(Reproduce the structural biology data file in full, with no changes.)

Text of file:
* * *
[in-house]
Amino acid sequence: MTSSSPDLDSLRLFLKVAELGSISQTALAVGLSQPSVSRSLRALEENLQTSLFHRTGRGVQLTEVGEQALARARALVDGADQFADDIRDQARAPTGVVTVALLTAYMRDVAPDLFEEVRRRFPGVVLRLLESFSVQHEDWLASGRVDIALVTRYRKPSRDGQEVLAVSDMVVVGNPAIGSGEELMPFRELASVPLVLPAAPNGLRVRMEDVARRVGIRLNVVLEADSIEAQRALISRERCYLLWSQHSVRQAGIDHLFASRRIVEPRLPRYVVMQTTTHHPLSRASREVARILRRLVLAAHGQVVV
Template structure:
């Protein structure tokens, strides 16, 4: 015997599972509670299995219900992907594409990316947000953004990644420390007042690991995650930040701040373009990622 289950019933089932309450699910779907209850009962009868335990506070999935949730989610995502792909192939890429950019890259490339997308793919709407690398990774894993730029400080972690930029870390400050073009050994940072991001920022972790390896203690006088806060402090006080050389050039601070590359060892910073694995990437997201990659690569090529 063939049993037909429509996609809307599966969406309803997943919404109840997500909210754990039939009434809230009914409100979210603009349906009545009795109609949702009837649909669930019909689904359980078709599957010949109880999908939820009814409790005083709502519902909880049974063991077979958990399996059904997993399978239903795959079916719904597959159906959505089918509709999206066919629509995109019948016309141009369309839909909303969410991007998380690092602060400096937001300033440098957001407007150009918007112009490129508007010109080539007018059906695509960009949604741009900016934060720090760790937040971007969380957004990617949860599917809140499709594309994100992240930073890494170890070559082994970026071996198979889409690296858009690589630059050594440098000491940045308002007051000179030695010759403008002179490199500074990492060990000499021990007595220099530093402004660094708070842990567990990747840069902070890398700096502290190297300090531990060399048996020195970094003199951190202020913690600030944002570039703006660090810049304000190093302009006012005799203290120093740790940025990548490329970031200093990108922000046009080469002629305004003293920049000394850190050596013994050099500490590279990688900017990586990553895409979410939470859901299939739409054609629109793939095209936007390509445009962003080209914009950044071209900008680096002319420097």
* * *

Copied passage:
[in-house]
Amino acid sequence: MTSSSPDLDSLRLFLKVAELGSISQTALAVGLSQPSVSRSLRALEENLQTSLFHRTGRGVQLTEVGEQALARARALVDGADQFADDIRDQARAPTGVVTVALLTAYMRDVAPDLFEEVRRRFPGVVLRLLESFSVQHEDWLASGRVDIALVTRYRKPSRDGQEVLAVSDMVVVGNPAIGSGEELMPFRELASVPLVLPAAPNGLRVRMEDVARRVGIRLNVVLEADSIEAQRALISRERCYLLWSQHSVRQAGIDHLFASRRIVEPRLPRYVVMQTTTHHPLSRASREVARILRRLVLAAHGQVVV
Template structure:
């Protein structure tokens, strides 16, 4: 015997599972509670299995219900992907594409990316947000953004990644420390007042690991995650930040701040373009990622 289950019933089932309450699910779907209850009962009868335990506070999935949730989610995502792909192939890429950019890259490339997308793919709407690398990774894993730029400080972690930029870390400050073009050994940072991001920022972790390896203690006088806060402090006080050389050039601070590359060892910073694995990437997201990659690569090529 063939049993037909429509996609809307599966969406309803997943919404109840997500909210754990039939009434809230009914409100979210603009349906009545009795109609949702009837649909669930019909689904359980078709599957010949109880999908939820009814409790005083709502519902909880049974063991077979958990399996059904997993399978239903795959079916719904597959159906959505089918509709999206066919629509995109019948016309141009369309839909909303969410991007998380690092602060400096937001300033440098957001407007150009918007112009490129508007010109080539007018059906695509960009949604741009900016934060720090760790937040971007969380957004990617949860599917809140499709594309994100992240930073890494170890070559082994970026071996198979889409690296858009690589630059050594440098000491940045308002007051000179030695010759403008002179490199500074990492060990000499021990007595220099530093402004660094708070842990567990990747840069902070890398700096502290190297300090531990060399048996020195970094003199951190202020913690600030944002570039703006660090810049304000190093302009006012005799203290120093740790940025990548490329970031200093990108922000046009080469002629305004003293920049000394850190050596013994050099500490590279990688900017990586990553895409979410939470859901299939739409054609629109793939095209936007390509445009962003080209914009950044071209900008680096002319420097």